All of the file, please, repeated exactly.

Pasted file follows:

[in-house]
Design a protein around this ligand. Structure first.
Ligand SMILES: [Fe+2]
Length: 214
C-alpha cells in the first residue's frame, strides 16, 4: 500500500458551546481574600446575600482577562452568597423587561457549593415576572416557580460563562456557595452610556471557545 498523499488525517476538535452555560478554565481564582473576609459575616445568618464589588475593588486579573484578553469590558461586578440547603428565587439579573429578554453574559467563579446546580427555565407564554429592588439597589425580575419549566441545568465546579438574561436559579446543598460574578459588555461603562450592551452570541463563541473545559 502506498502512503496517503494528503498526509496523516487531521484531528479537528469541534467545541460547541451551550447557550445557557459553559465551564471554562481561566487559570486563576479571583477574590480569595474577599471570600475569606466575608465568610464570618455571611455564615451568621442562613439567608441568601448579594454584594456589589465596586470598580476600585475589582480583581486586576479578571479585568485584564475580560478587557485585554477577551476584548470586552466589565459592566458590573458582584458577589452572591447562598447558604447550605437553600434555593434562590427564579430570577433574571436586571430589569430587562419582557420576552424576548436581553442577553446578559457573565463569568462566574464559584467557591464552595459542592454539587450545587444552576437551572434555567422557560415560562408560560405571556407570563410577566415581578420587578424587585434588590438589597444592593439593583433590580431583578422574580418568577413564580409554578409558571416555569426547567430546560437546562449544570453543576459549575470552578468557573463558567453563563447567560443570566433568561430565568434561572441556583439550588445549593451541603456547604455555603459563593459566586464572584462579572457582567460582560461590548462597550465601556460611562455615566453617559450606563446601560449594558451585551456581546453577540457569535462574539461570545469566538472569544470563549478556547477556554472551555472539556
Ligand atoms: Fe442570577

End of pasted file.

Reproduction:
[in-house]
Design a protein around this ligand. Structure first.
Ligand SMILES: [Fe+2]
Length: 214
C-alpha cells in the first residue's frame, strides 16, 4: 500500500458551546481574600446575600482577562452568597423587561457549593415576572416557580460563562456557595452610556471557545 498523499488525517476538535452555560478554565481564582473576609459575616445568618464589588475593588486579573484578553469590558461586578440547603428565587439579573429578554453574559467563579446546580427555565407564554429592588439597589425580575419549566441545568465546579438574561436559579446543598460574578459588555461603562450592551452570541463563541473545559 502506498502512503496517503494528503498526509496523516487531521484531528479537528469541534467545541460547541451551550447557550445557557459553559465551564471554562481561566487559570486563576479571583477574590480569595474577599471570600475569606466575608465568610464570618455571611455564615451568621442562613439567608441568601448579594454584594456589589465596586470598580476600585475589582480583581486586576479578571479585568485584564475580560478587557485585554477577551476584548470586552466589565459592566458590573458582584458577589452572591447562598447558604447550605437553600434555593434562590427564579430570577433574571436586571430589569430587562419582557420576552424576548436581553442577553446578559457573565463569568462566574464559584467557591464552595459542592454539587450545587444552576437551572434555567422557560415560562408560560405571556407570563410577566415581578420587578424587585434588590438589597444592593439593583433590580431583578422574580418568577413564580409554578409558571416555569426547567430546560437546562449544570453543576459549575470552578468557573463558567453563563447567560443570566433568561430565568434561572441556583439550588445549593451541603456547604455555603459563593459566586464572584462579572457582567460582560461590548462597550465601556460611562455615566453617559450606563446601560449594558451585551456581546453577540457569535462574539461570545469566538472569544470563549478556547477556554472551555472539556
Ligand atoms: Fe442570577